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The current time is: 3/25/2019 2:53:27 PM
 (???? - 1799 AD) Pre-19th Century Battles
AuthorMessage
anemone
DONCASTER S. YORKS, UK
top 5
E-9 Cmd Sgt Major


Posts: 7733
http:// 82.44.47.99
Bloody Towton 2nd February 1461
Posted on: 1/5/2019 10:28:21 AM
On Kimg Edward’s orders, no mercy was shown in victory.

Skulls later found on the battlefield showed the most horrific injuries: faces split down the bone, heads cut in half, holes punched straight through foreheads. Some men died with more than 20 wounds to their head: the signs of frenzied slaughter by men whipped into a state of barbaric bloodlust.

Some victims were mutilated: their noses and ears ripped off, fingers snipped from hands to remove rings and jewellery in the plunder of the dying.

The field of Towton was known as the "Bloody Meadow", and with good reason. On April 7, Bishop Neville of Exeter wrote to the bishop of Teramo in Flanders. He reported the events of the six weeks that had just passed, including the slaughter at Towton, where he estimated that 28,000 men had been killed. “Alas!” he wrote, “we are a race deserving of pity even from the French.”

[Read More]

Regards

Jim






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dt509er
Santa Rosa, CA, USA
top 15
E-8 Master Sergeant


Posts: 673

Re: Bloody Towton 2nd February 1461
Posted on: 1/5/2019 11:45:41 AM
Interesting, thank you for sharing Jim.

Dan
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"American parachutists-devils in baggy pants..."

I take offense to your perception of being offended!

“If your experiment needs statistics, you ought to have done a better experiment.” Lord Ernest Rutherford

anemone
DONCASTER S. YORKS, UK
top 5
E-9 Cmd Sgt Major


Posts: 7733
http:// 82.44.47.99
Re: Bloody Towton 2nd February 1461
Posted on: 1/5/2019 12:02:58 PM
Thanks Dan


Quote:
The field of Towton was known as the "Bloody Meadow", and with good reason. On April 7, Bishop Neville of Exeter wrote to the bishop of Teramo in Flanders. He reported the events of the six weeks that had just passed, including the slaughter at Towton, where he estimated that 28,000 men had been killed. “Alas!” he wrote, “we are a race deserving of pity even from the French.”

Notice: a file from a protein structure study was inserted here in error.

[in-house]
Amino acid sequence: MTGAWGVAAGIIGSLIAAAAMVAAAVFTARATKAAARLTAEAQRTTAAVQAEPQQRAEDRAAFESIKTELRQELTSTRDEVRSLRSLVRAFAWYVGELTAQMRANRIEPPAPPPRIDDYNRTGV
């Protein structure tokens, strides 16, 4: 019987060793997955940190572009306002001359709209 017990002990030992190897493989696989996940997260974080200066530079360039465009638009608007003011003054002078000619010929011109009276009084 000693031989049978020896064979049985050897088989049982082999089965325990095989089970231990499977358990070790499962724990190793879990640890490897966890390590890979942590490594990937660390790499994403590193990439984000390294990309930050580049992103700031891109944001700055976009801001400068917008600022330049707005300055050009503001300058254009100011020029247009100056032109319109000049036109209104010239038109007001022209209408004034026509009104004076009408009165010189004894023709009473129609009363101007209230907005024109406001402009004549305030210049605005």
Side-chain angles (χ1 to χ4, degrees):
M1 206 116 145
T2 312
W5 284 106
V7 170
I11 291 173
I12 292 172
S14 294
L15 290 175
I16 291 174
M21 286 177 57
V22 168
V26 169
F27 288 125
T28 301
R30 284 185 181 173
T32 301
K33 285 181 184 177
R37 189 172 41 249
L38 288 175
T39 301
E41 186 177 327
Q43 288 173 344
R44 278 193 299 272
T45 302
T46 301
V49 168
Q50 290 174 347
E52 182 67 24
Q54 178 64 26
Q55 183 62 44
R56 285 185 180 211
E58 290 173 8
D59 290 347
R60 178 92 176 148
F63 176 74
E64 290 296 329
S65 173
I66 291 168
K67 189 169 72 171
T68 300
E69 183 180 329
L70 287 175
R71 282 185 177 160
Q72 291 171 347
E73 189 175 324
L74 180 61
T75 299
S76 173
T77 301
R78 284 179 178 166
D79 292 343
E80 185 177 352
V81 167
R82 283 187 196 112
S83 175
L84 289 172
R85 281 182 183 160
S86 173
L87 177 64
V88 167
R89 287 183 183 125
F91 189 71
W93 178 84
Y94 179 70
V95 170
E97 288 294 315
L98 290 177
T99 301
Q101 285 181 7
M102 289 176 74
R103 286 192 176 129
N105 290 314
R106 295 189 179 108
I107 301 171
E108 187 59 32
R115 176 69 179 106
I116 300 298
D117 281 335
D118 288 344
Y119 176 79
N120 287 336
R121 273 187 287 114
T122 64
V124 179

Bloody Towton was a ghastly one day episode in English history; and was even more horrific than the first day of the Battle of the Somme .Bishop Neville was right to say that "we were a race to be pitied" such was the carnage brought about by the English fighting each other WITHOUT guns.The common man fought with weapons fashioned out of farm implements and cudgels-they stood no chance against armoured knights on horses.

Regards

Jim
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Pro Patria Saepe Pro Rege Semper

kaii
Tallinn, Estonia
top 5
E-9 Cmd Sgt Major


Posts: 2511

Re: Bloody Towton 2nd February 1461
Posted on: 1/6/2019 8:50:16 AM
When I toured the battlefield at Towton a few years ago (incidentally after a failed attempt to organise a MHO Euro Muster), the guide told that the battle killed 1% of the population of England at the time (with 28,000 estimated deaths, that would mean the population was 2,8 million, which sounds about correct, but was probably slightly higher.